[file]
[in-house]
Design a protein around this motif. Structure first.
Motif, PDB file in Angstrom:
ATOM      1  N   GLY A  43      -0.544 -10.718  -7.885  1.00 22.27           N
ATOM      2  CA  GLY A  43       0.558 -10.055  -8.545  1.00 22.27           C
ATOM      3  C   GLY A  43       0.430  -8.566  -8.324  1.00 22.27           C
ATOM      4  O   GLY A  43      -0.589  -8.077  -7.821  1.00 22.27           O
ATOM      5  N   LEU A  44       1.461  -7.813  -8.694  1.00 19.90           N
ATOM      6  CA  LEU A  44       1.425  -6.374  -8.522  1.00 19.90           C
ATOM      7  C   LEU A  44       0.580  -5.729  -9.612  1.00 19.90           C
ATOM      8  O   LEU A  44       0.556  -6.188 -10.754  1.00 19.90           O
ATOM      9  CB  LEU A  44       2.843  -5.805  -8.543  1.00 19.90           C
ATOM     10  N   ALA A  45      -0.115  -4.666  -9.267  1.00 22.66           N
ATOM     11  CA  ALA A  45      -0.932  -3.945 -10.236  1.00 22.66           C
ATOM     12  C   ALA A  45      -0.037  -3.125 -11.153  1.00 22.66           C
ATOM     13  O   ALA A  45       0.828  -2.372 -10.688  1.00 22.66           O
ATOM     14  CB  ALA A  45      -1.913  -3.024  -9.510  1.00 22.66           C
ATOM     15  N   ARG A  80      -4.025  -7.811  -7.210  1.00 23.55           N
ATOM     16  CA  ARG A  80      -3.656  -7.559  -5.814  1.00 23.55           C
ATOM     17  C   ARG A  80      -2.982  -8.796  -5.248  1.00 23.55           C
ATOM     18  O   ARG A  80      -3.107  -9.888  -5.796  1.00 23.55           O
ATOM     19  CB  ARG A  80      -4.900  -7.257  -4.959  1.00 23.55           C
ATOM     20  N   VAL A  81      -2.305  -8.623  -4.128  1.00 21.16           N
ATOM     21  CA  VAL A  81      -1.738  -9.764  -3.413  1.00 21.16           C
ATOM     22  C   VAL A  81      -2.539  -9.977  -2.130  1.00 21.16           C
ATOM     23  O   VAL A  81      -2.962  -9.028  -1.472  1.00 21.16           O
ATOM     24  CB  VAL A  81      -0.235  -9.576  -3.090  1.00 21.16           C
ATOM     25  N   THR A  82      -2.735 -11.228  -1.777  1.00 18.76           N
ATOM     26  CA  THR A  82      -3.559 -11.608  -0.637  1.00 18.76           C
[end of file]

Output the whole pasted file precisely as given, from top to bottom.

[in-house]
Design a protein around this motif. Structure first.
Motif, PDB file in Angstrom:
ATOM      1  N   GLY A  43      -0.544 -10.718  -7.885  1.00 22.27           N
ATOM      2  CA  GLY A  43       0.558 -10.055  -8.545  1.00 22.27           C
ATOM      3  C   GLY A  43       0.430  -8.566  -8.324  1.00 22.27           C
ATOM      4  O   GLY A  43      -0.589  -8.077  -7.821  1.00 22.27           O
ATOM      5  N   LEU A  44       1.461  -7.813  -8.694  1.00 19.90           N
ATOM      6  CA  LEU A  44       1.425  -6.374  -8.522  1.00 19.90           C
ATOM      7  C   LEU A  44       0.580  -5.729  -9.612  1.00 19.90           C
ATOM      8  O   LEU A  44       0.556  -6.188 -10.754  1.00 19.90           O
ATOM      9  CB  LEU A  44       2.843  -5.805  -8.543  1.00 19.90           C
ATOM     10  N   ALA A  45      -0.115  -4.666  -9.267  1.00 22.66           N
ATOM     11  CA  ALA A  45      -0.932  -3.945 -10.236  1.00 22.66           C
ATOM     12  C   ALA A  45      -0.037  -3.125 -11.153  1.00 22.66           C
ATOM     13  O   ALA A  45       0.828  -2.372 -10.688  1.00 22.66           O
ATOM     14  CB  ALA A  45      -1.913  -3.024  -9.510  1.00 22.66           C
ATOM     15  N   ARG A  80      -4.025  -7.811  -7.210  1.00 23.55           N
ATOM     16  CA  ARG A  80      -3.656  -7.559  -5.814  1.00 23.55           C
ATOM     17  C   ARG A  80      -2.982  -8.796  -5.248  1.00 23.55           C
ATOM     18  O   ARG A  80      -3.107  -9.888  -5.796  1.00 23.55           O
ATOM     19  CB  ARG A  80      -4.900  -7.257  -4.959  1.00 23.55           C
ATOM     20  N   VAL A  81      -2.305  -8.623  -4.128  1.00 21.16           N
ATOM     21  CA  VAL A  81      -1.738  -9.764  -3.413  1.00 21.16           C
ATOM     22  C   VAL A  81      -2.539  -9.977  -2.130  1.00 21.16           C
ATOM     23  O   VAL A  81      -2.962  -9.028  -1.472  1.00 21.16           O
ATOM     24  CB  VAL A  81      -0.235  -9.576  -3.090  1.00 21.16           C
ATOM     25  N   THR A  82      -2.735 -11.228  -1.777  1.00 18.76           N
ATOM     26  CA  THR A  82      -3.559 -11.608  -0.637  1.00 18.76           C